A simple example of such a depiction is to demonstrate how the gender binary separates everything into boy/girl, compared to the vast array of gender experiences people actually have. In my view, the simplicity of the image allows me to convey an idea effectively and efficiently. I am using the association of girl/pink and boy/blue to my advantage here to depict how gender is perceived by the gender binary; on the next page, still maintaining simple colors but adding more variance allows me to demonstrate how the categorization put forth by the gender binary is severely lacking. See figures 3 and 4.
In this portion I now present some of the gender and queer theory concepts that I am excited to explore in this project as well as why I think a comic format would help to elucidate some of the potential meanings. Of course, Judith Butler’s work is foundational in the question of gender identity. As aforementioned, I am interested in her discussion in “Imitation and Gender Insubordination.” One of the arguments she brings up that is most immediately relevant here is the idea that there is no actual fixed identity, and that in fact everything we do serves to continuously construct this sense of identity; it is a constant repetition. If there is repetition, though, then there is necessarily space in between those repetitions, and, necessarily too, some difference between the first, second, third… iterations.
To draw a parallel (pun intended) with comics, Rifkind and Warley note that
The serial self of autobiographical comics, then, is a visual repetition of a body drawn over and over again to assert its presence on the page as well as a thematic, even philosophical, experimentation with being and becoming a person who lives from one moment to the next (appears in one panel to the next) but is not always self-same. (12-13)
In this way, autobiographical comics, by very nature of their format—that is, the repetition of the self—highlight the differentness of being from one moment to the next, even though the being is understood as one continuous, seamless identity. Likewise, with gender, it is not innate, but something that we are reaffirming continuously through the meanings we attribute to everything we perceive (e.g. associating the color pink with femininity). Furthermore, another important aspect of the comic format is the gutters between panels: this space is not just a void between two moments, but rather opens up possibilities between moments. The reader/viewer of the comic must interpret many aspects of the comic (Rifkind & Warley 10), and pertaining to the gutter, there is a literal need to read between the lines. Coming back to Butler’s argument: if gender is a series of repetitions, then that means there necessarily must be something in between the repetitions—something to read between the lines. I do not know what exploring this idea might look like on paper yet, but for these reasons I believe there is value in attempting to translate some of Butler’s arguments into a comic format—there are possibilities as of yet unknown to open up.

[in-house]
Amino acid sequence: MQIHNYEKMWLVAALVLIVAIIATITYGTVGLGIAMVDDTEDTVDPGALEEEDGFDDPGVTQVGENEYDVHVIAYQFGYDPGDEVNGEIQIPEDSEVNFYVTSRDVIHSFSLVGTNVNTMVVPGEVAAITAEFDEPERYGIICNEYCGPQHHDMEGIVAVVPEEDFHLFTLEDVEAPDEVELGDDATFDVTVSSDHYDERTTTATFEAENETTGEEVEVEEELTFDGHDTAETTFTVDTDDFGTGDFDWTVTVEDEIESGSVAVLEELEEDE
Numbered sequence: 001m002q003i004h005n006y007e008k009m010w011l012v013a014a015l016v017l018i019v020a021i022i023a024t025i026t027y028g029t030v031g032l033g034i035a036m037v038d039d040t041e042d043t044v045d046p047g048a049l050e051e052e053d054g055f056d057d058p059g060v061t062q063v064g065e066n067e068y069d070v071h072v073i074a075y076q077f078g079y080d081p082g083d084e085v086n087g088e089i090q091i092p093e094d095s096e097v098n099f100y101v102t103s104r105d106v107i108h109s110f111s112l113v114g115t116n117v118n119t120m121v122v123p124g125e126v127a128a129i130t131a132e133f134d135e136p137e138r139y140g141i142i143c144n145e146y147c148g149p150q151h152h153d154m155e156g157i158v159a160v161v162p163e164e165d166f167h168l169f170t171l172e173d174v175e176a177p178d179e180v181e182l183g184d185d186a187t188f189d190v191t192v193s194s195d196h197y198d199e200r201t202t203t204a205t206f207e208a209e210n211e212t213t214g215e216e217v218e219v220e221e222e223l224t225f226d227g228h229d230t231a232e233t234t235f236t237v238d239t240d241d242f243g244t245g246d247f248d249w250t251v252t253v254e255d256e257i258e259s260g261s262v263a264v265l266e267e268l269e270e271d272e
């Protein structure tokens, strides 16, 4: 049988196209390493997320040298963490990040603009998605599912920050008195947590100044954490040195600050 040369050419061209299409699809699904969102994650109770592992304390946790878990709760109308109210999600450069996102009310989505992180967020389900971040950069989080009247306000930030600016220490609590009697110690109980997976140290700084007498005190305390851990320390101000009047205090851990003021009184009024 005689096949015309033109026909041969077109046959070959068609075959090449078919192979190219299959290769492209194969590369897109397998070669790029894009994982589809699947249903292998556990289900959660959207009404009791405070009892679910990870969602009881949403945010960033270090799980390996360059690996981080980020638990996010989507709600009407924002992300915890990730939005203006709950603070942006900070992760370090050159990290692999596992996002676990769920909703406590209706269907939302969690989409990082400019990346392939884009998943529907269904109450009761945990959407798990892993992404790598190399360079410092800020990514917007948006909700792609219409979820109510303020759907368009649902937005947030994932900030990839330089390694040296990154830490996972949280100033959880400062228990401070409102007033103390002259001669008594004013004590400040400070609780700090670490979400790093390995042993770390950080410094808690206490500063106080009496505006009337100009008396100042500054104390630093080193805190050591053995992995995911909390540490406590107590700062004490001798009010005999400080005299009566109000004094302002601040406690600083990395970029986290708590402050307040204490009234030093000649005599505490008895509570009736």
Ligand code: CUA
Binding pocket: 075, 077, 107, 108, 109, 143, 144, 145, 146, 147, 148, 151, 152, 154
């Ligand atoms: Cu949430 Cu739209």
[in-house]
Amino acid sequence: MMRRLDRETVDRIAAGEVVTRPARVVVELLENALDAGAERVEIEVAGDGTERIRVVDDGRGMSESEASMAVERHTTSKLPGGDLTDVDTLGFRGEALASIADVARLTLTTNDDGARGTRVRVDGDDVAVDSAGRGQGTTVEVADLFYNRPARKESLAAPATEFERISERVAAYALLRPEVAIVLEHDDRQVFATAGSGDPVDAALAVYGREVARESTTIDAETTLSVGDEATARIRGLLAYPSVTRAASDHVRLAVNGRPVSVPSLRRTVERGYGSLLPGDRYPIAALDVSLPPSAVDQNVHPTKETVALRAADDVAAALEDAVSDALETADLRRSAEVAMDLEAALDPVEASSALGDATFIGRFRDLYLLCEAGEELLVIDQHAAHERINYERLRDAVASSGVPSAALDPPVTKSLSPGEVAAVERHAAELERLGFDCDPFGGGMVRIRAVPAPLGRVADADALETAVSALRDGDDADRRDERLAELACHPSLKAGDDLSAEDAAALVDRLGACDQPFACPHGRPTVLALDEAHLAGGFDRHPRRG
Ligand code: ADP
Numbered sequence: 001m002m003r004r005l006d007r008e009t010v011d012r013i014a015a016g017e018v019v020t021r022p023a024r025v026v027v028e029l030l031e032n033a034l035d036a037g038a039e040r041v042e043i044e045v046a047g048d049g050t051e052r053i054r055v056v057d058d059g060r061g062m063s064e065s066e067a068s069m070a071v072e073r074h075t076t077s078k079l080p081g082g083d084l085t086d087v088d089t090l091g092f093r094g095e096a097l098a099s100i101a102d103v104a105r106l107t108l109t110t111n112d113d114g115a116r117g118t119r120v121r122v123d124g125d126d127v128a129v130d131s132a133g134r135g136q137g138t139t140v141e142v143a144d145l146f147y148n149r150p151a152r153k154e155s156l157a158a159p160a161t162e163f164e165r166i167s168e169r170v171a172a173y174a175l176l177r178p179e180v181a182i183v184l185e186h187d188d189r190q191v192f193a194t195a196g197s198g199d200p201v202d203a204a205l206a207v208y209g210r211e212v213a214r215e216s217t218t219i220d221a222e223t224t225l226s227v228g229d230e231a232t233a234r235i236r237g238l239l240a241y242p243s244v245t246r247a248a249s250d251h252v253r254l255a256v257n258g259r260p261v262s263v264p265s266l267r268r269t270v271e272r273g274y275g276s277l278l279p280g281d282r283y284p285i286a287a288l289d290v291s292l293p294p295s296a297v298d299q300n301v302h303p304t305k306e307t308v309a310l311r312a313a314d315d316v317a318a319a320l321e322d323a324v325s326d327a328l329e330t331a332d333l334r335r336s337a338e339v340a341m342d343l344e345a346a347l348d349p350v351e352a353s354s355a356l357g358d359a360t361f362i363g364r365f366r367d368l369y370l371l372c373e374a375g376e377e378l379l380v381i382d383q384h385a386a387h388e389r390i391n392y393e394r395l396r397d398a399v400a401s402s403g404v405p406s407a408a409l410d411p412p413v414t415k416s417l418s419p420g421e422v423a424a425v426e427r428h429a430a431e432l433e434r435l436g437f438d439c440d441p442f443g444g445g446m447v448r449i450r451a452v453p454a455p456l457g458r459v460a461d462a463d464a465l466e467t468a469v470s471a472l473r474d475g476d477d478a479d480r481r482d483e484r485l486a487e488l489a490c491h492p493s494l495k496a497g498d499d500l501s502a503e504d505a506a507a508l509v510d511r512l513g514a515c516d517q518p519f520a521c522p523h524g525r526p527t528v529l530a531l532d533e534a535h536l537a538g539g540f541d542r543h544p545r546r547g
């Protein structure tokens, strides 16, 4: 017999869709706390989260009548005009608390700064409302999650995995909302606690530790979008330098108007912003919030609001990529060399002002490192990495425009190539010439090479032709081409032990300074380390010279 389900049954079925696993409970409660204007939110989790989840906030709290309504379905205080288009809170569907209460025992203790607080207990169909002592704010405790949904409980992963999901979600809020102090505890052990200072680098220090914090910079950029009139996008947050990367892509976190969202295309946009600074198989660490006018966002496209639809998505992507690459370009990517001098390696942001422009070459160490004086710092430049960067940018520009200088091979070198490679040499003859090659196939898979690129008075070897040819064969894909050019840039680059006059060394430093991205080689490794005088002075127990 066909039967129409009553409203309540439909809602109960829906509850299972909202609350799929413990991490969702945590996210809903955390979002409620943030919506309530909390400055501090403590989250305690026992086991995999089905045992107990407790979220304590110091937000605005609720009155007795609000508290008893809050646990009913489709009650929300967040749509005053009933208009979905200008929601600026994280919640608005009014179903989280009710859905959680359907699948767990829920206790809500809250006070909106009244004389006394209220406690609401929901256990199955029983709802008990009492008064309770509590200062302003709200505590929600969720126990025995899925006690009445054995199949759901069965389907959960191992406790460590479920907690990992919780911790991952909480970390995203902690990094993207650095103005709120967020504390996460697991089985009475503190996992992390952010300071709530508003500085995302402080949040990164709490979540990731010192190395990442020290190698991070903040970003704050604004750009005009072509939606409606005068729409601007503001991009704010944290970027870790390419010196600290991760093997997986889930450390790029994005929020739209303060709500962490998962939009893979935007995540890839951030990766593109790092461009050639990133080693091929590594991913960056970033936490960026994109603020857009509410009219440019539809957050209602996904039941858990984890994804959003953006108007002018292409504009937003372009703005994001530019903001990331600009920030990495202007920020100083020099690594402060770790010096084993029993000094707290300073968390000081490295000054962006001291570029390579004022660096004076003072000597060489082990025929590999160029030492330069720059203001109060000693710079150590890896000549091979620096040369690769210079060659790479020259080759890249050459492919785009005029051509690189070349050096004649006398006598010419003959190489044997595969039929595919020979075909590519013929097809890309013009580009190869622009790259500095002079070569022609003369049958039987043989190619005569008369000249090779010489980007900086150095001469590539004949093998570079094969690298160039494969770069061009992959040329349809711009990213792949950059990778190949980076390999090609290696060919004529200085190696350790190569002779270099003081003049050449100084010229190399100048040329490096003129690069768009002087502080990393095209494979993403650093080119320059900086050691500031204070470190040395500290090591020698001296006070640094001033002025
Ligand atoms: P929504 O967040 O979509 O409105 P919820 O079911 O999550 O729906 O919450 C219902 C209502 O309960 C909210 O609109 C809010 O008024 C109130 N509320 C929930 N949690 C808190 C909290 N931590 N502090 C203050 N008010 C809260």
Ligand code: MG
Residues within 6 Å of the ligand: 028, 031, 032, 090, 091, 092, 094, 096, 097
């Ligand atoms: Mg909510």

Sara Ahmed’s work Queer Phenomenology: Orientations, Objects, Others is also of particular interest to me. Although in her work she is primarily discussing how people are queered by their sexual orientation and their race, many of her ideas are easily applicable to gender non-conformity as well. Ahmed’s use of phenomenology to explore queerness appeals to me because I firmly believe that one’s experience of moving through the world is shaped by the material environment—the body, others, our relationships to everything. Because of the materiality of phenomenology, I likewise believe the comic format is an ideal medium because it can bring these phenomenological ideas onto the physical plane to some degree, as opposed to remaining in the realm of written language. Drawing allows for a different way of exploring space and the physical experience by virtue of representing it more tangibly. Furthermore, there is a certain physicality that can accompany feelings of dysphoria, although it is not something I know how to convey in words—at least not for myself, not at this time. The hope here is thus that I can explore what it means, as a gender non-binary person, to navigate (in a figurative and literal way) a world that is closed off to possibilities beyond the binary.